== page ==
PARIS, Feb. 6 (UPI) -- A heads-up display could provide 3-D guidance for astronauts and assist them in diagnosing medical problems or even performing surgery, European engineers say.
The Computer Assisted Medical Diagnosis and Surgery System is a wearable augmented reality prototype being developed by the European Space Agency that will combine computer-generated graphics with the wearer's view.
The technology is currently focused on ultrasound examinations but in principle could guide other procedures, an ESA release said Monday.
Future astronauts venturing farther into space must be able to deal with medical situations, researchers said.
"Although medical expertise will be available among the crew to some extent, astronauts cannot be trained and expected to maintain skills on all the medical procedures that might be needed," said Arnaud Runge, a biomedical engineer overseeing the project.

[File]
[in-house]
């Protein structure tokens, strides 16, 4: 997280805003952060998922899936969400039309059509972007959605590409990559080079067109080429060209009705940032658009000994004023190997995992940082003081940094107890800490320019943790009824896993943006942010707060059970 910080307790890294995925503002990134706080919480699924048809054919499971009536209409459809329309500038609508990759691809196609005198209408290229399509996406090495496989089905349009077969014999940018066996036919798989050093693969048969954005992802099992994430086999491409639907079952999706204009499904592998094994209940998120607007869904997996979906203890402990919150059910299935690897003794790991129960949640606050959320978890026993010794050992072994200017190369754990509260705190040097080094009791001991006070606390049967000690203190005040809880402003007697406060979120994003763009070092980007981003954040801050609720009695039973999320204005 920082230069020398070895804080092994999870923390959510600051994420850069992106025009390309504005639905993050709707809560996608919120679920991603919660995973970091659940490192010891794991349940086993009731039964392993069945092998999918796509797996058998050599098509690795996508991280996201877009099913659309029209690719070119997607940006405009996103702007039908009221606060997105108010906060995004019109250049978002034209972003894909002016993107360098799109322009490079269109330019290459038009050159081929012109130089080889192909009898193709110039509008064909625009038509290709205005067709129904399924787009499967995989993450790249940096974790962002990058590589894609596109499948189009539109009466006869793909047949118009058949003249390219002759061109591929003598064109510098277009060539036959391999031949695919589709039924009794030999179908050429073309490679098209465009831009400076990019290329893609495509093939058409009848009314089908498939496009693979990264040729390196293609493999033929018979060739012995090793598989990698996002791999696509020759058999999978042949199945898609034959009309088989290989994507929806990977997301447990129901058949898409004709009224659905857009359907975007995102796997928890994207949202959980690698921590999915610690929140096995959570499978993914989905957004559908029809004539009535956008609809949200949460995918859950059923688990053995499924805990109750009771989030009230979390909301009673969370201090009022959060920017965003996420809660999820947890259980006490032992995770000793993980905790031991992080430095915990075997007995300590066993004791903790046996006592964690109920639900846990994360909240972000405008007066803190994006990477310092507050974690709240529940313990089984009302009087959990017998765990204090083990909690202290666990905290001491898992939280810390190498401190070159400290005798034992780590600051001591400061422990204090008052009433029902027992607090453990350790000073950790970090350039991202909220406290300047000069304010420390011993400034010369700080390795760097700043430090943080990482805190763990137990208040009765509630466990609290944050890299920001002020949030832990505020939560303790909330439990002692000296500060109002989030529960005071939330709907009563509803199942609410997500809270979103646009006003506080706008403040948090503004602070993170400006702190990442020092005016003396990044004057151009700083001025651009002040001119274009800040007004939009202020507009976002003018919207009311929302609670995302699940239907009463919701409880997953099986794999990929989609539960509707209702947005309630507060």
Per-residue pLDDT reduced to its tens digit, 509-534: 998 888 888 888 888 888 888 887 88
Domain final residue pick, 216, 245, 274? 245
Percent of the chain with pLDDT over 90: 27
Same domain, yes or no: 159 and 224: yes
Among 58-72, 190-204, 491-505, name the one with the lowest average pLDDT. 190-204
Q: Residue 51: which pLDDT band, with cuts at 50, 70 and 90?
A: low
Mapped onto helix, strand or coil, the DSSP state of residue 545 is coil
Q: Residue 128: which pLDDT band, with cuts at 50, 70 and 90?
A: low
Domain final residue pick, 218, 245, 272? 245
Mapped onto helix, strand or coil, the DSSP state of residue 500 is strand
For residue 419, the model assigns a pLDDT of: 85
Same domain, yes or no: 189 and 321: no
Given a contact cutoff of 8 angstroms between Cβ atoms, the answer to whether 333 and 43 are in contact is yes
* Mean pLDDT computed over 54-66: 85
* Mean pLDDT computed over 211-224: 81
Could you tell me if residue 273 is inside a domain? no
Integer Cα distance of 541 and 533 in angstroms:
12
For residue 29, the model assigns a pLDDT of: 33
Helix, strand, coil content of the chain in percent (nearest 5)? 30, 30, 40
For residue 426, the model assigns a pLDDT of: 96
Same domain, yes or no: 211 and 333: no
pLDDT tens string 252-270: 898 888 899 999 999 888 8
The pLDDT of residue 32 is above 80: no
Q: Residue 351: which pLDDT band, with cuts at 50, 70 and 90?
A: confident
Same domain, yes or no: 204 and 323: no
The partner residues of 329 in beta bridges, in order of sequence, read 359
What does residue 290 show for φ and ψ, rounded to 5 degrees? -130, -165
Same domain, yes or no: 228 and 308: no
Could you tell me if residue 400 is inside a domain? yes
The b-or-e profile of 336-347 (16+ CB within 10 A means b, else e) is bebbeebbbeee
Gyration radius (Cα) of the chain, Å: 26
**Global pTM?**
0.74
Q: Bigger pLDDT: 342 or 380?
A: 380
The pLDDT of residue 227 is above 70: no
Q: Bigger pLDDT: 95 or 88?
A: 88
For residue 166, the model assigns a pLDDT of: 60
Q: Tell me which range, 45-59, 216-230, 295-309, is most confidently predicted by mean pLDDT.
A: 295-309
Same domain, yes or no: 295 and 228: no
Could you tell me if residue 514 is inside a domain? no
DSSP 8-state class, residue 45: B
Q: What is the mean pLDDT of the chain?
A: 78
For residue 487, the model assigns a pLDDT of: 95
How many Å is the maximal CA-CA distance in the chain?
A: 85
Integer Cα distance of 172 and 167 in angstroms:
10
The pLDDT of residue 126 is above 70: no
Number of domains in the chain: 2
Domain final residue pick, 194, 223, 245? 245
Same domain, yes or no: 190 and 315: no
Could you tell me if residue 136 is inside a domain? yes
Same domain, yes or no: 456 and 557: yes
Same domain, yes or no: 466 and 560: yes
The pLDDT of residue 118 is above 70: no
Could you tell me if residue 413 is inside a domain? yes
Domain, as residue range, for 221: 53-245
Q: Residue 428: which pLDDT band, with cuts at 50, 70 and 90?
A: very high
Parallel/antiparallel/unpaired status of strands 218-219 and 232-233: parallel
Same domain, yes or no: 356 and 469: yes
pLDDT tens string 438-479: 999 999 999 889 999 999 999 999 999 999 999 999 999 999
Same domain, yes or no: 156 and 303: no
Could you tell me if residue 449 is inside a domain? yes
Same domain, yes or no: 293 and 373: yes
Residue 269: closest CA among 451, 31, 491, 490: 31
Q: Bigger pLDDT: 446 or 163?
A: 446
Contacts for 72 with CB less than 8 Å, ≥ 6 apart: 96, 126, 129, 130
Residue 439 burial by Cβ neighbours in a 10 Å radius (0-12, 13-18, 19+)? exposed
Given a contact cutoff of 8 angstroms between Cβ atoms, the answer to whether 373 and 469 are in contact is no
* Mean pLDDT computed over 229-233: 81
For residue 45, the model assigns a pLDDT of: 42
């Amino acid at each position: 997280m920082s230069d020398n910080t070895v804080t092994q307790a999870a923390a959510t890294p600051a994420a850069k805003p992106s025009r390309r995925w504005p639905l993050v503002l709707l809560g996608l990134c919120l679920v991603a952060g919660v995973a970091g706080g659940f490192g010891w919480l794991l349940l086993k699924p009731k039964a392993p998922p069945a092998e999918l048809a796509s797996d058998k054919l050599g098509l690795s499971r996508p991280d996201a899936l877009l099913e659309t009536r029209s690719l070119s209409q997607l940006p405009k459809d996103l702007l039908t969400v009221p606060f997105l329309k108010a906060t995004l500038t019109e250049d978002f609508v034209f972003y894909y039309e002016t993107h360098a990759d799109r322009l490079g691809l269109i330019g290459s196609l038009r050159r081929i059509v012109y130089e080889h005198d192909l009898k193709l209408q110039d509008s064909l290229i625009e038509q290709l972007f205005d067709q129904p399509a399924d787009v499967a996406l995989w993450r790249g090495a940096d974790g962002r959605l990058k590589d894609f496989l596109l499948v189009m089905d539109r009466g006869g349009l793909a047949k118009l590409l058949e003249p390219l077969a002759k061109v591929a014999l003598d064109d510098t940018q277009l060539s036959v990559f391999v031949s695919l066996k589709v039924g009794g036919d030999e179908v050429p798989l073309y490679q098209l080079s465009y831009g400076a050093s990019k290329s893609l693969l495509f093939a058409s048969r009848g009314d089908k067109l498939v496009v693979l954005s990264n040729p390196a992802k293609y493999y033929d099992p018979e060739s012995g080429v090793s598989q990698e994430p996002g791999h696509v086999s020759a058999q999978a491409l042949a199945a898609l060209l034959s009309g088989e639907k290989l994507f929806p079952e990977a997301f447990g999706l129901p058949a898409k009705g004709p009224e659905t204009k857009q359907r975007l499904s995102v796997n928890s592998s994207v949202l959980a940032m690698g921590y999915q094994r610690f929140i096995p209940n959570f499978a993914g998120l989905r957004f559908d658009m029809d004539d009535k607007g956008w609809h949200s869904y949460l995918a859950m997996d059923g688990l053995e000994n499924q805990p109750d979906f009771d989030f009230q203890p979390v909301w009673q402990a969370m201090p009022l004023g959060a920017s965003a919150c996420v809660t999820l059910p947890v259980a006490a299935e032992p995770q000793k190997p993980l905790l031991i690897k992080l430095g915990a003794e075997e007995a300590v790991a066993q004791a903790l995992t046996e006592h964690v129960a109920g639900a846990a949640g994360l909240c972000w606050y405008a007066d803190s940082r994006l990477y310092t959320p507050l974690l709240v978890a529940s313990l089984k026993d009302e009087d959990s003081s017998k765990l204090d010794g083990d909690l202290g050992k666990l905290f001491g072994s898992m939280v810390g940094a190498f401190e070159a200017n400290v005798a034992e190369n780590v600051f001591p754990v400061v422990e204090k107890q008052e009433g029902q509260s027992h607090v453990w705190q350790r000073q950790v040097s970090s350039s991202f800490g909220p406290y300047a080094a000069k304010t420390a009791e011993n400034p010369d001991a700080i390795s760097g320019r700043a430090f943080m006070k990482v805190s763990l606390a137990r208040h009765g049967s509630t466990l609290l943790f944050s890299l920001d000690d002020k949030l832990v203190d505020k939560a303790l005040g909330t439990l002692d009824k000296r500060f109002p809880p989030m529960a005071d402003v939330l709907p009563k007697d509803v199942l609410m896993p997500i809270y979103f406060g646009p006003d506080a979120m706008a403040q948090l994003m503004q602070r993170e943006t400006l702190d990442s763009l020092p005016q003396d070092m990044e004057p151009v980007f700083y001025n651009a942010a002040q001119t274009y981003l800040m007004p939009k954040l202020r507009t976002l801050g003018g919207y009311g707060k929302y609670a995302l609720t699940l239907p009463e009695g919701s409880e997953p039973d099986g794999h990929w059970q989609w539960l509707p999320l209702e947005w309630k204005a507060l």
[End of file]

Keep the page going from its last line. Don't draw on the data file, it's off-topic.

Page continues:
CAMDASS uses a stereo head-mounted display and an ultrasound tool tracked via an infrared camera, with 3-D augmented reality cue cards displayed in the headset to guide the wearer.
Reference ultrasound images give users an indication of what they should be seeing and guide the wearer to position and move the ultrasound probe.
The prototype has been tested for usability at a Belgian hospital where untrained users found they could perform a reasonably difficult procedure without assistance with effective probe positioning.